As a rookie, Bernard Pierce showed a lot of promise. He ran for 532 yards and one touchdown in 2012 with 4.9 yards per carry. He had huge games against the Giants and Colts, running for over 100 yards against each. It looked like he and Ray Rice would form the NFLs best 1-2 punch at running back.
But 2013 came along and Pierce fell short as the Ravens run game as a whole stagnated.
Then 2014 came along, and with Ray Rice's suspension and eventual release, Pierce had not only the potential to finally be the Ravens starting running back, but also potentially be a star in the NFL. Gary Kubiak's system had turned countless no-names into stars and Pierce had drawn comparisons to Arian Foster in Houston.
He would fall short, as a fumble got him benched in Week 1. While he had a solid performance in Week 2, injuries made him miss weeks 3 and 4, which would cause him to tumble down to third on the depth chart behind Justin Forsett and rookie Lorenzo Taliaferro. Pierce fell to the point where he was made a healthy scratch in Week 8 vs. the Bengals and to where undrafted rookie Fitzgerald Toussaint got carries over him after Taliaferro went on injured reserve in Week 15.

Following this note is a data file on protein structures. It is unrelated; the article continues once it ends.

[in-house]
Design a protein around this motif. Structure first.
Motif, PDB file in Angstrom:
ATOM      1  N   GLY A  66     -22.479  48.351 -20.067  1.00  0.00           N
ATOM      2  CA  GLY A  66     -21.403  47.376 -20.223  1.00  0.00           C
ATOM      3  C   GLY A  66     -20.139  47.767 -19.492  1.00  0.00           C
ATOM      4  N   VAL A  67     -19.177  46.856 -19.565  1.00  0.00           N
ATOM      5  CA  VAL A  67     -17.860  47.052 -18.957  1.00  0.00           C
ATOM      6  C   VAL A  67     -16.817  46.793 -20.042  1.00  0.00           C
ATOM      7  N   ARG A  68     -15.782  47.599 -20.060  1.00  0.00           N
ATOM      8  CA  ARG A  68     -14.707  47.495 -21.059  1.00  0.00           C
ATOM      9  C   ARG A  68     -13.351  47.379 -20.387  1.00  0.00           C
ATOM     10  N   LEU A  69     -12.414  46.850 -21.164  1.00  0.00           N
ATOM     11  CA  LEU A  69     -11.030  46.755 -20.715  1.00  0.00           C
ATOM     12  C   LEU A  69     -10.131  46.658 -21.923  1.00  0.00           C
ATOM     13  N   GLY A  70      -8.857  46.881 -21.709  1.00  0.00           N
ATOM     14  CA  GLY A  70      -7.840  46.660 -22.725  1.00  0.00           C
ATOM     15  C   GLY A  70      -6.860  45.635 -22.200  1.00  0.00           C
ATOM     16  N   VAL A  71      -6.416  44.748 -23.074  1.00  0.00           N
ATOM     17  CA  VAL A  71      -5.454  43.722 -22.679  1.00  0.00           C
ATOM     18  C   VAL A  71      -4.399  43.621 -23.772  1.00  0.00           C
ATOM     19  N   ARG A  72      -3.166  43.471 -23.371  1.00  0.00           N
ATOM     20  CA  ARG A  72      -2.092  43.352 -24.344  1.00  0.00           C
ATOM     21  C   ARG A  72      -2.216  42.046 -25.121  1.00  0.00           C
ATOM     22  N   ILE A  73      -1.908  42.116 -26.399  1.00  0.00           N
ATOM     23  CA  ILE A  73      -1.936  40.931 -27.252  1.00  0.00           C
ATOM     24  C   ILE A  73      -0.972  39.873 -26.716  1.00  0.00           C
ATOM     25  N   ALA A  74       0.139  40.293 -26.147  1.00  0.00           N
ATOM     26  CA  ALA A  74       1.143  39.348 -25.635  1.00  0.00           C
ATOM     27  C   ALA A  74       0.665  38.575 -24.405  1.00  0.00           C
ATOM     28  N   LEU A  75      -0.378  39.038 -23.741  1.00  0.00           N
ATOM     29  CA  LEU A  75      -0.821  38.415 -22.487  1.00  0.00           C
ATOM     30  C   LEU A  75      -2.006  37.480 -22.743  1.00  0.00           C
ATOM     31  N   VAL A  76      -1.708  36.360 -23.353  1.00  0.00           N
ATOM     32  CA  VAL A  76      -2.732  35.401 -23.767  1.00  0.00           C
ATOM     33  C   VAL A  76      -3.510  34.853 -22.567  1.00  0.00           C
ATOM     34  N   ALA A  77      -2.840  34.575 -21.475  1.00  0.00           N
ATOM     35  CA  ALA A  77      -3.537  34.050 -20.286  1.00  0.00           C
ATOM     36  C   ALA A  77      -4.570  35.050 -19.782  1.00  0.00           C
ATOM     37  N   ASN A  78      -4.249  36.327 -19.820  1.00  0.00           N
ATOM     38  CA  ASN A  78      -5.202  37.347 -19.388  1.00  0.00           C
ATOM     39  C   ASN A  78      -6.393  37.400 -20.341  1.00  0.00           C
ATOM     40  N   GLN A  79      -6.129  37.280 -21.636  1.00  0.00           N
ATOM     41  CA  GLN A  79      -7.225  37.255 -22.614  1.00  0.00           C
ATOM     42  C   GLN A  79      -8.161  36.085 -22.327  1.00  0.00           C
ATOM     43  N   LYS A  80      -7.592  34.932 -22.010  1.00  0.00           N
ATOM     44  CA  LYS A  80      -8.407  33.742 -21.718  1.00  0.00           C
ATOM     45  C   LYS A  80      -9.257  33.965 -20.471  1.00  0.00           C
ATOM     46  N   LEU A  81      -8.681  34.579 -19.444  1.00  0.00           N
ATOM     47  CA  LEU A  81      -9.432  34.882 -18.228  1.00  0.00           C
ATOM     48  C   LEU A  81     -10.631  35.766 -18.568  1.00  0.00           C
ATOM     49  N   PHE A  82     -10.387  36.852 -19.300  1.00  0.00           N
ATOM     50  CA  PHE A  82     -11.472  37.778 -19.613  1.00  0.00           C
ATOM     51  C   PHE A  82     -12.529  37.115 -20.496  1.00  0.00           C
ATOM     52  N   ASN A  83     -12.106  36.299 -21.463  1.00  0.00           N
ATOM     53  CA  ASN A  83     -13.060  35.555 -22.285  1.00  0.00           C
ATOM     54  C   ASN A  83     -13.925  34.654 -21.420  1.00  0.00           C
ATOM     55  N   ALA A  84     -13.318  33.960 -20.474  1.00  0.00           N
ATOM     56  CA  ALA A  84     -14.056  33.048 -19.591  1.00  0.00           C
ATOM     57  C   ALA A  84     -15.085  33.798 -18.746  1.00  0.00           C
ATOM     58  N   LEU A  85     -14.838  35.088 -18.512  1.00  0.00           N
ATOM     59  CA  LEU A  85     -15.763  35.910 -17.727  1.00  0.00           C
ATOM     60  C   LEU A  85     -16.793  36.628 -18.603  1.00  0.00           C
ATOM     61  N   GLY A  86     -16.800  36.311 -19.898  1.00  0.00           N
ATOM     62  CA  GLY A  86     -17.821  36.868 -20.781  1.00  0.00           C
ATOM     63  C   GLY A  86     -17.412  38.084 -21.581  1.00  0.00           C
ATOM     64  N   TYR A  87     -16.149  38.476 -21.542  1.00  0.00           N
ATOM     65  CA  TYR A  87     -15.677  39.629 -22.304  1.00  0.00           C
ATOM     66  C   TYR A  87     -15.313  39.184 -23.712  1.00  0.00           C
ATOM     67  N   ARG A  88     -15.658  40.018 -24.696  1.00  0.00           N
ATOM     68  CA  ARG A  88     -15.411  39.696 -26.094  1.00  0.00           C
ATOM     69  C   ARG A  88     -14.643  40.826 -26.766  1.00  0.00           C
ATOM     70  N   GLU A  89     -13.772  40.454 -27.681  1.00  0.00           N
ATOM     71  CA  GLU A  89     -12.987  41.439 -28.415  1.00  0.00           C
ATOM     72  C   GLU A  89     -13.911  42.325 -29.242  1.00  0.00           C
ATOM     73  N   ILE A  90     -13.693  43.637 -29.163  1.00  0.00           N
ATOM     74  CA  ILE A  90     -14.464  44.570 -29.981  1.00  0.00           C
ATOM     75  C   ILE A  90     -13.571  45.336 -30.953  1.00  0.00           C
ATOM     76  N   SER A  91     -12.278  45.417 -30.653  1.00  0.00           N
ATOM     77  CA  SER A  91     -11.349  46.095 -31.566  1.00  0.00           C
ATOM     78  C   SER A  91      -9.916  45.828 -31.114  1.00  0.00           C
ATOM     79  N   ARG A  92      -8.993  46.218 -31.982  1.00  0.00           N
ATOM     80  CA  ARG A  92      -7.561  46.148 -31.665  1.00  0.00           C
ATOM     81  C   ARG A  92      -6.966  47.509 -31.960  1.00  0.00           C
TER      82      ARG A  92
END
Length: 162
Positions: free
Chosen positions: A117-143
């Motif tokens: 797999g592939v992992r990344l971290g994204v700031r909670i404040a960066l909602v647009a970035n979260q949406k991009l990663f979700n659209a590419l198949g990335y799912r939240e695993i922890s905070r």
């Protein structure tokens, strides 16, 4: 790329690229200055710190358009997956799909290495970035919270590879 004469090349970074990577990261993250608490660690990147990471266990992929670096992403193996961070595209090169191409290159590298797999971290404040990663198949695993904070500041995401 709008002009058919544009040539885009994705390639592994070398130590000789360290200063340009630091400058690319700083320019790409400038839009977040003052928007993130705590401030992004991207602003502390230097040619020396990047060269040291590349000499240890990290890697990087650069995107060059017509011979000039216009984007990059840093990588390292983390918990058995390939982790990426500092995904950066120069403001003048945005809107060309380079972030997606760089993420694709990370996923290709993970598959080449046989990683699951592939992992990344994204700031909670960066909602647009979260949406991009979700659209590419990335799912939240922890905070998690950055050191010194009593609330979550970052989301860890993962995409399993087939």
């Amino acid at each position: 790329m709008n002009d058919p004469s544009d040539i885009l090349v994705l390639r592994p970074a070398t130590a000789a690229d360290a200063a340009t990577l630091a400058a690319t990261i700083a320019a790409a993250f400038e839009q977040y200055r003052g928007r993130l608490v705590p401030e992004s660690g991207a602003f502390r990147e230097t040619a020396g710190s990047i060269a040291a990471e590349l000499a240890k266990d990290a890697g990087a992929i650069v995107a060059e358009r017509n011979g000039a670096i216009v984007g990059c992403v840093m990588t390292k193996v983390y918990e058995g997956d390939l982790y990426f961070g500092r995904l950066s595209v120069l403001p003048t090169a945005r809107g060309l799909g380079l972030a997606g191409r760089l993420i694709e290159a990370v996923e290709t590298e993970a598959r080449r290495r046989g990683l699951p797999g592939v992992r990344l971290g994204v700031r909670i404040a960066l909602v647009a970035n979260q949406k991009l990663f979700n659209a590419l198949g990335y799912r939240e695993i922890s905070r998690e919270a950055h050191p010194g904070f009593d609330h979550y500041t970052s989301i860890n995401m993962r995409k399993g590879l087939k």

Coming into the 2015 offseason Pierce's roster spot was looking tenuous already. He was unable to cash in on the opportunity of a lifetime and instead fell beneath two rookies and a journeyman on the depth chart.
Then in the early morning following St. Patricks Day, Pierce got arrested for a DUI, and almost prophetically predicted that he would be released by the Ravens for this — which is one of the two mind-boggling parts of the story.
Pierce knew that getting busted for this would result in him losing his already tenuous roster spot and did it anyway, on a night where cops would be looking for drunk drivers. Also the NFLPA entered into a partnership with Uber in 2013 and they will give NFL players a ride for free. This entire story was preventable and that's what makes this story of wasted talent especially unfortunate.